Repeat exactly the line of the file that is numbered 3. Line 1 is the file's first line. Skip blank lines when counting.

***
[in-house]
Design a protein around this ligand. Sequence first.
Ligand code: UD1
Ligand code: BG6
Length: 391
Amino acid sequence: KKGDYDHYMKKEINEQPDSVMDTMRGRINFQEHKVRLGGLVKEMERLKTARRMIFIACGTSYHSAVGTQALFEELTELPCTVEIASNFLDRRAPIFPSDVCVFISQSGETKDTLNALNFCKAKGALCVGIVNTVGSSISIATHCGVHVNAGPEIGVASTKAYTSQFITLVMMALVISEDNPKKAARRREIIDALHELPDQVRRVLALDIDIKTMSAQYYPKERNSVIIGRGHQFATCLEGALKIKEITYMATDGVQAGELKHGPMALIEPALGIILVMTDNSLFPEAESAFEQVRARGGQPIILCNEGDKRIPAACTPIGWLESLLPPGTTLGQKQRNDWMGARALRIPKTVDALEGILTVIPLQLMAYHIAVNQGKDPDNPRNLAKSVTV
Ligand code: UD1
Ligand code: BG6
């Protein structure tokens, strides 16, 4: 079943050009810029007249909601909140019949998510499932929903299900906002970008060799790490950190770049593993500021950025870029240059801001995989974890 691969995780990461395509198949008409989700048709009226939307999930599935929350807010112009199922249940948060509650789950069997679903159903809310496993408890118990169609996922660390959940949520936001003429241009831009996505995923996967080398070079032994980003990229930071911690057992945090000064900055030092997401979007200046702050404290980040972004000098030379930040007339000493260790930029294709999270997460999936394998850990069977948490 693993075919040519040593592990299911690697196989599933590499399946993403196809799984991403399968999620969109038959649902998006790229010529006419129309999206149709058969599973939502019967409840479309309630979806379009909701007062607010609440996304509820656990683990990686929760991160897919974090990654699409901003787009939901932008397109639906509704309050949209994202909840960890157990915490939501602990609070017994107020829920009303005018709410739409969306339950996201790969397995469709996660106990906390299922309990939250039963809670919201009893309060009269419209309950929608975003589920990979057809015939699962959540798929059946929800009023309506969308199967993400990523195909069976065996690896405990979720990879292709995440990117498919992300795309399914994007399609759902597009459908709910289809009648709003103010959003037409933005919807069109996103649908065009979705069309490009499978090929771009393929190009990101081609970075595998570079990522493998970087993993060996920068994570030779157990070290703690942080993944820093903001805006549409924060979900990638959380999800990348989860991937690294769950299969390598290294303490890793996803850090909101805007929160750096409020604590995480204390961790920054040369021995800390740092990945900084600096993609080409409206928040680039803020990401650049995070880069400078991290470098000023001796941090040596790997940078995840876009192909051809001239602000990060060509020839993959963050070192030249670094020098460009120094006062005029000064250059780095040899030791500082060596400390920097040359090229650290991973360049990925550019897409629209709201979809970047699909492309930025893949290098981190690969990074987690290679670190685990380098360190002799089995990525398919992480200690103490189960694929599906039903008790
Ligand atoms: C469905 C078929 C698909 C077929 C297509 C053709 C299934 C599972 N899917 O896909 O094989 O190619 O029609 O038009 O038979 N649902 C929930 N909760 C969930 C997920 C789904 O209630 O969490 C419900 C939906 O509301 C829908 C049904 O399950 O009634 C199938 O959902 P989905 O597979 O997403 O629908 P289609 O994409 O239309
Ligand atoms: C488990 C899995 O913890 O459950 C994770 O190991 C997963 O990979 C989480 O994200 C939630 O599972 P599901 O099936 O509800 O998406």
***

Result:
Ligand code: UD1